Vestal Cuckoo Bumblebee

Bumblebee Bombus vestalis

Vestal Cuckoo Bumblebee Bombus vestalis

This species of cuckoo bee grows up in the nests of the Buff-tailed Bumblebee (Bombus terrestris). This parasitic bee differs from having a conspicuous yellow patch on either side of the abdomen. Other differences include a lack of pollen baskets on the legs, thinner coats, and making a soft murmuring rather than a definitive buzz. This is a short-tongued bee. Also called the ‘Southern Cuckoo Bumblebee’. Similar to the Gypsy Cuckoo-bee (Bombus bohemicus), where the patches aren’t so dominant and are smaller. Sizes male 15 to 19mm, female 20 to 24mm.

Vestal Cuckoo Bumblebee Bombus vestalis

Like all cuckoo bees, they have no worker caste as their own, so they invade the hosts’ nests and take the work force for its own. Important plant pollinators.

Vestal Cuckoo Bumblebee Bombus vestalis

The female will seek out its host’s nest and will fight off any hostilities towards her, eventually killing the queen of the nest and her offspring, and effectively she will run the show from then onwards, utilising the remaining workers for her and her young’s own benefits. Its hosts’ nests are generally old mouse holes. Feeds on nectar and pollen.

Vestal Cuckoo Bumblebee Bombus vestalis

Seen March to August, and found in differing habitats, including gardens and grassland. Males regular in suburban gardens. Common in the south of England and Wales.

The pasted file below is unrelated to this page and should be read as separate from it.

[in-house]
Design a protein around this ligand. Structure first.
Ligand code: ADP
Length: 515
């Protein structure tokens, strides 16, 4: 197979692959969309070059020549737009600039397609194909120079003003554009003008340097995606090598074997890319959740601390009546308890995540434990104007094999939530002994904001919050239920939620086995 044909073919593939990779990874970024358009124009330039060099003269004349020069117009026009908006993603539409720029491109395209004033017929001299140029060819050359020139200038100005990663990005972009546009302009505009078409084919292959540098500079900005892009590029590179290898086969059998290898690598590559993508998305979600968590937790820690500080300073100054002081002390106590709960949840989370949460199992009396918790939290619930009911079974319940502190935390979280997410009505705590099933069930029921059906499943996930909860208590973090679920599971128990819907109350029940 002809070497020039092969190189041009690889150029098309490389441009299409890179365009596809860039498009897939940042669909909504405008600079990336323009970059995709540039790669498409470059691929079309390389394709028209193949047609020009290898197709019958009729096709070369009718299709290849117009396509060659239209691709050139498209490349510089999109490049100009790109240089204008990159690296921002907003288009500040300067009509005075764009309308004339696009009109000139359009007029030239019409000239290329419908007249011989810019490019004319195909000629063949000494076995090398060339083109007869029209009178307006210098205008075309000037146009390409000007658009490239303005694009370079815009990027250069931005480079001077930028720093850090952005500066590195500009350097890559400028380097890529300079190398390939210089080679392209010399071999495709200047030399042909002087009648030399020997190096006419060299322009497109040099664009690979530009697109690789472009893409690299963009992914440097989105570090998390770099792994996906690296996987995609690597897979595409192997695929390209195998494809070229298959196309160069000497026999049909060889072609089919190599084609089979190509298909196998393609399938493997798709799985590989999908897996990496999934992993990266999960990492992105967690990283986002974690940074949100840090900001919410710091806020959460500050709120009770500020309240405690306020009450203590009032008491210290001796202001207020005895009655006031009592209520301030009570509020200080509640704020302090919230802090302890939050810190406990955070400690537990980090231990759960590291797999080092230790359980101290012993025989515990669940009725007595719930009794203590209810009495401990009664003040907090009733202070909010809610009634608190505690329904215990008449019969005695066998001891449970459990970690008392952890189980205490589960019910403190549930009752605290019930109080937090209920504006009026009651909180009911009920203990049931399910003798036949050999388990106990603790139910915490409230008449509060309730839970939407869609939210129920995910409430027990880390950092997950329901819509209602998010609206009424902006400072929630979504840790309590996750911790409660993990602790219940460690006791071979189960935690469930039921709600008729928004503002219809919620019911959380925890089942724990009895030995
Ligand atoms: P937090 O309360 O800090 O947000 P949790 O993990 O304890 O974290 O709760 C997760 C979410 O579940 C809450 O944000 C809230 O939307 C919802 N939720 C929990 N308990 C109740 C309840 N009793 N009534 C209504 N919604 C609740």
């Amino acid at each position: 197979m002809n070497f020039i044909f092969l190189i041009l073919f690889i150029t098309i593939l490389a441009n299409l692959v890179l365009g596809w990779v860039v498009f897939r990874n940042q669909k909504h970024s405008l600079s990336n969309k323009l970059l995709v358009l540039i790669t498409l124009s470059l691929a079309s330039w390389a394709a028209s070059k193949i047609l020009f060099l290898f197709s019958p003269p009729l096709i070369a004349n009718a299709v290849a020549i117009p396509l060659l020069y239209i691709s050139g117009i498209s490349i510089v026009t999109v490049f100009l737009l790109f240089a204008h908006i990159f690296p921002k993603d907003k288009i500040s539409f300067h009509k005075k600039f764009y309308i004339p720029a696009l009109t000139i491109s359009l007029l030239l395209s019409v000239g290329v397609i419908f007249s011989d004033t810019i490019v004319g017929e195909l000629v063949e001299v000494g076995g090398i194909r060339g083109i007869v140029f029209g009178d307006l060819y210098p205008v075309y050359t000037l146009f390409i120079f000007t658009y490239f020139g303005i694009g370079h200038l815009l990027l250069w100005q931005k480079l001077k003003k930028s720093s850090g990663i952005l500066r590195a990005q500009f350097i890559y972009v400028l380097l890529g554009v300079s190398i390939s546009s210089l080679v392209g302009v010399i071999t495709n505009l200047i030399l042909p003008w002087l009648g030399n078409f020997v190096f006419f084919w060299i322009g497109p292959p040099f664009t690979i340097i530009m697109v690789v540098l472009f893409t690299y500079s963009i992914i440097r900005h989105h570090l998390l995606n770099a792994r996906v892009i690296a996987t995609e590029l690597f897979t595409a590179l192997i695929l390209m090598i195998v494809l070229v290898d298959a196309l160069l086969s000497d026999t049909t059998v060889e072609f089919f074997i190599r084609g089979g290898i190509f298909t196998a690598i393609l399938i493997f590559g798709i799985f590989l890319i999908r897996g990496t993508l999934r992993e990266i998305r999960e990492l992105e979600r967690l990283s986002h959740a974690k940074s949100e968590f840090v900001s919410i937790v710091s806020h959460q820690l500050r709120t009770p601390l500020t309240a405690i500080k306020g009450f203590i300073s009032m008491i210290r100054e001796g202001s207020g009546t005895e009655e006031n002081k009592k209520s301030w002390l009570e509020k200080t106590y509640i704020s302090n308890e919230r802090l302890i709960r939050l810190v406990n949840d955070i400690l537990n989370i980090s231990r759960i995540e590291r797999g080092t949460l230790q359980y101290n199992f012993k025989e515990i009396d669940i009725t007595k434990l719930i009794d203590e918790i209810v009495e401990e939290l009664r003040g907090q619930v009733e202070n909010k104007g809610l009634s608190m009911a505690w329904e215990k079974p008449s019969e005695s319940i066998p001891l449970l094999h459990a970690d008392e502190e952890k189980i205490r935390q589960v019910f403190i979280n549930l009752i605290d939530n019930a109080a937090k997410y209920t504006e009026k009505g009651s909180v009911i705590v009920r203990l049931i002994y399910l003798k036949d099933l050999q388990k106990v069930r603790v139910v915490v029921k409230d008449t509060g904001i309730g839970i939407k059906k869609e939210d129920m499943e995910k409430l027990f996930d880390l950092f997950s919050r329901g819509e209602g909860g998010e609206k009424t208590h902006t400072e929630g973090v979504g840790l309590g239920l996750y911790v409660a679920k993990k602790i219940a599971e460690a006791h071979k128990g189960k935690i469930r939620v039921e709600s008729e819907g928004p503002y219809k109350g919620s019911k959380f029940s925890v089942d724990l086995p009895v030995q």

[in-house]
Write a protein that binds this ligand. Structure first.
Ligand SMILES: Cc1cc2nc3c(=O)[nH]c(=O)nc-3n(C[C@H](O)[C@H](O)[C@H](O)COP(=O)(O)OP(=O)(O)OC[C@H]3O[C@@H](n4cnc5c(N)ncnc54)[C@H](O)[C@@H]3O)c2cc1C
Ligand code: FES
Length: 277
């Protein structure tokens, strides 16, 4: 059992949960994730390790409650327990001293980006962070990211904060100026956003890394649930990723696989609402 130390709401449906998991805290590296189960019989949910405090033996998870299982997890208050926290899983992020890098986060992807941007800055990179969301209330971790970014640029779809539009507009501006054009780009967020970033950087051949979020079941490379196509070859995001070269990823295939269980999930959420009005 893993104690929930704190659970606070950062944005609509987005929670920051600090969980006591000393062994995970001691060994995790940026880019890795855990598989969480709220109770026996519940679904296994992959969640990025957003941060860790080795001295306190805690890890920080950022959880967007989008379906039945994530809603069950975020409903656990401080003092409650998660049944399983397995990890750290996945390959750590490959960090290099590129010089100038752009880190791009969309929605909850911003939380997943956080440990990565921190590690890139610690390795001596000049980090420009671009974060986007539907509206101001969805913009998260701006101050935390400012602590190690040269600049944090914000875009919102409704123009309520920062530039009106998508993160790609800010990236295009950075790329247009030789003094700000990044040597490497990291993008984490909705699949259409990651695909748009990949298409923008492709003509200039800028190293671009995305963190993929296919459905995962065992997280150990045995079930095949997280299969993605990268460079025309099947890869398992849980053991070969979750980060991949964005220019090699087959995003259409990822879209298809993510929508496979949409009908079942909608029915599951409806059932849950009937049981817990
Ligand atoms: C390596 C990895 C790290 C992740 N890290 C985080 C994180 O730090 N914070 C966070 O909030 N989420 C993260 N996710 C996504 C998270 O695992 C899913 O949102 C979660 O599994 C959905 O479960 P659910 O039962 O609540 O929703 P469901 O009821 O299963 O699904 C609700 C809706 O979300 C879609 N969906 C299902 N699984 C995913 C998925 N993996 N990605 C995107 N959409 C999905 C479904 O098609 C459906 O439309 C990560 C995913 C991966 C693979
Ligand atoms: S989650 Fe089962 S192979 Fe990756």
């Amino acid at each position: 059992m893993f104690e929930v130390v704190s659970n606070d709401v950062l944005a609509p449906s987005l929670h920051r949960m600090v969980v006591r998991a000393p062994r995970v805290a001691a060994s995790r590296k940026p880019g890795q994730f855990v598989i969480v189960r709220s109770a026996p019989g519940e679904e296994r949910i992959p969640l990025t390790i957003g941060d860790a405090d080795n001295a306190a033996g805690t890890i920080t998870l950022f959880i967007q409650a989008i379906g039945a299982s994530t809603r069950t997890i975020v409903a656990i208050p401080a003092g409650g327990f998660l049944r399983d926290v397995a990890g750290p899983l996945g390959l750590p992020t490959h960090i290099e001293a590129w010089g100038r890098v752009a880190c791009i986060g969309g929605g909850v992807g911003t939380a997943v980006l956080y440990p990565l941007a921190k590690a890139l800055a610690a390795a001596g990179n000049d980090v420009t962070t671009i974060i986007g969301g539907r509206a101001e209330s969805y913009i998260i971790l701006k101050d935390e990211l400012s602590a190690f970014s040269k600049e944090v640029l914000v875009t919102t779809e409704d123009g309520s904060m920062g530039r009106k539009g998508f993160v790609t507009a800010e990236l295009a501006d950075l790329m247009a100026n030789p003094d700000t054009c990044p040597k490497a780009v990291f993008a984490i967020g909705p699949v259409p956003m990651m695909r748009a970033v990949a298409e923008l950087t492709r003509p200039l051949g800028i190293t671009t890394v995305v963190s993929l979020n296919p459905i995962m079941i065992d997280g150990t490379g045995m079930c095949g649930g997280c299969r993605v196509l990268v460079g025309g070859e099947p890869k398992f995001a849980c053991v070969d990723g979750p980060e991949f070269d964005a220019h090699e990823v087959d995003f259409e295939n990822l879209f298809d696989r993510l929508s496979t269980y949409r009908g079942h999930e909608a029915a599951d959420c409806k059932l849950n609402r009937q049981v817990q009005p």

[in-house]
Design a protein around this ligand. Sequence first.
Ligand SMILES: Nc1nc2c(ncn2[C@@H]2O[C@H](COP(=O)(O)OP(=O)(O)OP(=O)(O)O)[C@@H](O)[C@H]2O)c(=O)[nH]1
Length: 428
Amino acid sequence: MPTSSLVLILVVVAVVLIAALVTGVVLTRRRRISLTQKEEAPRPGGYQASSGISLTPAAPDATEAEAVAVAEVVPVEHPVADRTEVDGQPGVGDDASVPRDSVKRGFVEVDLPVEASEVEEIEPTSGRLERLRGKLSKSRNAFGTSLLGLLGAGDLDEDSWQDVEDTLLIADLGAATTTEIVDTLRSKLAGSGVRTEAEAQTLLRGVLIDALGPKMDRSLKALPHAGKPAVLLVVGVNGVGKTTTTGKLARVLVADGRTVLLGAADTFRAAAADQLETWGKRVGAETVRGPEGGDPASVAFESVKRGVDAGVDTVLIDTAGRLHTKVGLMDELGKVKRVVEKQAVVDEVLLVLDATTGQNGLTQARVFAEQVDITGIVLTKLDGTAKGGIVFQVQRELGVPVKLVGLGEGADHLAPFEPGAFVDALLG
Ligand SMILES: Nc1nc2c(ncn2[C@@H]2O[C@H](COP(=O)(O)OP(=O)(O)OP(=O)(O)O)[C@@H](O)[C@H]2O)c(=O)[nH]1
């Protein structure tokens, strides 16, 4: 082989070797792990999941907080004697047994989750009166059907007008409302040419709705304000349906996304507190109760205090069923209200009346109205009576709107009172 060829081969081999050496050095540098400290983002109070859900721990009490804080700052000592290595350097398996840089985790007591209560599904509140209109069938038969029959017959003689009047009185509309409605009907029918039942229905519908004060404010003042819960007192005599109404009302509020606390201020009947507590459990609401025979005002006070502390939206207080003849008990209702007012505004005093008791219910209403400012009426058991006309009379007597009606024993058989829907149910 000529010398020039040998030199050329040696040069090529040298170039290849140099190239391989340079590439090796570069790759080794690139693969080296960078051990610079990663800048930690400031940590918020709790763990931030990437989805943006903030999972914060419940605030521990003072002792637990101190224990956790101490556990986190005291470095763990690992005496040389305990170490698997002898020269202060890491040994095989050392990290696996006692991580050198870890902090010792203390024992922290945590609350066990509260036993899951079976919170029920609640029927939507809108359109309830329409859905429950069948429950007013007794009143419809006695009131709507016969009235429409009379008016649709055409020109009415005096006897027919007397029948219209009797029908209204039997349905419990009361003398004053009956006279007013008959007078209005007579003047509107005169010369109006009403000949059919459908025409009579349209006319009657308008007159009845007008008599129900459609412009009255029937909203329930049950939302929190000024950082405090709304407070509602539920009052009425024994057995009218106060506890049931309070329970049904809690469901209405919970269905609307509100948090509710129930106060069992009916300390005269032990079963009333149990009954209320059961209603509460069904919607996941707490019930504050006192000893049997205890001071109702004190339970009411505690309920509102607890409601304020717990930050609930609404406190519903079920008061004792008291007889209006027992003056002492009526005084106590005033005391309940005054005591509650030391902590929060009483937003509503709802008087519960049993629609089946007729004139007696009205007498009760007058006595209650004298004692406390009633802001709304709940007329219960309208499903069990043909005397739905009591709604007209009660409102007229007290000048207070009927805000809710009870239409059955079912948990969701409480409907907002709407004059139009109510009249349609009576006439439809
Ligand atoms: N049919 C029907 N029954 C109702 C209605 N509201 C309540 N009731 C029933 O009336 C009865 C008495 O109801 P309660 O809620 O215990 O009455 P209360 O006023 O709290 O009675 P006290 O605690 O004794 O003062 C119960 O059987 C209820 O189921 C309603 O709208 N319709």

Vestal Cuckoo Bumblebee Bombus vestalis

Vestal Cuckoo Bumblebee Bombus vestalis


June 2007, front garden, Staffordshire. © Pete Hillman 2007.

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8 thoughts on “Vestal Cuckoo Bumblebee

  1. Great photos and very informative – never realized a cuckoo bee existed. Now I’m wondering what types of bees dwell in my area near Vancouver, British Columbia. Thanks to your blog, I’m now thinking about getting a macro lens.

    Liked by 1 person

    • Thank you for your lovely comment, Michael 🙂 Until I started photographing and identifying the bees which visited my garden some 18 years ago now, I did not realise just hown many species there were, or what a cuckoo bee was myself! A lot of the older images here of the bees I took with a compact camera, but when I eventually went to DSLR and bought a macro lens it was one of the best things I ever did. I hope you get to discover many bees on your side of the pond, and maybe get some images, too!

      Like

      • Thanks for reply – I recently purchased a Lumix G85 mirrorless camera which I’m really enjoying. It has an amazingly bright and sharp electronic viewfinder – which is great for viewing with my glasses on. I just bought a 14-140 zoom (equivalent 28-280mm) – So far I am very happy with it – I captured the “Canada Geese Reflections” from a bridge some distance away. Now I need to find out the cost of a nice macro lens.

        Liked by 1 person

      • This sound like a great camera! Macro will lead you into a wonderful other world. Trouble is, macros are not always cheap, but you can get some fantastic images with them.

        Liked by 1 person

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